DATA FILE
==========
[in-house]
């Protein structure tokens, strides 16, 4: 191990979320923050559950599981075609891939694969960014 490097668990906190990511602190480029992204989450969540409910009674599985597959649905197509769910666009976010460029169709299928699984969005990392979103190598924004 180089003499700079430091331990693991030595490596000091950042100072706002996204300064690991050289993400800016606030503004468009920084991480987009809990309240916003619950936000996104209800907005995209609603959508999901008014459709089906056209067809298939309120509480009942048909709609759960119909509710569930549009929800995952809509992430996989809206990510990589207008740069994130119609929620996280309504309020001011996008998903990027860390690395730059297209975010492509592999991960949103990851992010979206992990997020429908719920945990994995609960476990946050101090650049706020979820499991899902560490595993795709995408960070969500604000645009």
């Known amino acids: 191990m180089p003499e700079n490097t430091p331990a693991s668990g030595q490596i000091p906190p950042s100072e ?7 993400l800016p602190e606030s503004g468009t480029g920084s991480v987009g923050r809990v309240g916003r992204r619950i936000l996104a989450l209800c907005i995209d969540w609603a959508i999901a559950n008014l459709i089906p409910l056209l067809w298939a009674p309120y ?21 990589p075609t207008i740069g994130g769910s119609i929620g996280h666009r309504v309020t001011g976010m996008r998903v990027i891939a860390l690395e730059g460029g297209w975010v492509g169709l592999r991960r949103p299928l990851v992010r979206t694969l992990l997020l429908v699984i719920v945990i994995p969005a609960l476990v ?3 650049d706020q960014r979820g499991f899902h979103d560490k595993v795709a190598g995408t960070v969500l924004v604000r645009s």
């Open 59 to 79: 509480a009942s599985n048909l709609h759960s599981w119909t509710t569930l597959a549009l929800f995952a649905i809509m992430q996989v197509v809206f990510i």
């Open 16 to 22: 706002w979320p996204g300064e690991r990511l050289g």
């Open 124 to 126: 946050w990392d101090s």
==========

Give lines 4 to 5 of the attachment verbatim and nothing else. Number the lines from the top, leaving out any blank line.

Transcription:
């Open 59 to 79: 509480a009942s599985n048909l709609h759960s599981w119909t509710t569930l597959a549009l929800f995952a649905i809509m992430q996989v197509v809206f990510i």
């Open 16 to 22: 706002w979320p996204g300064e690991r990511l050289g």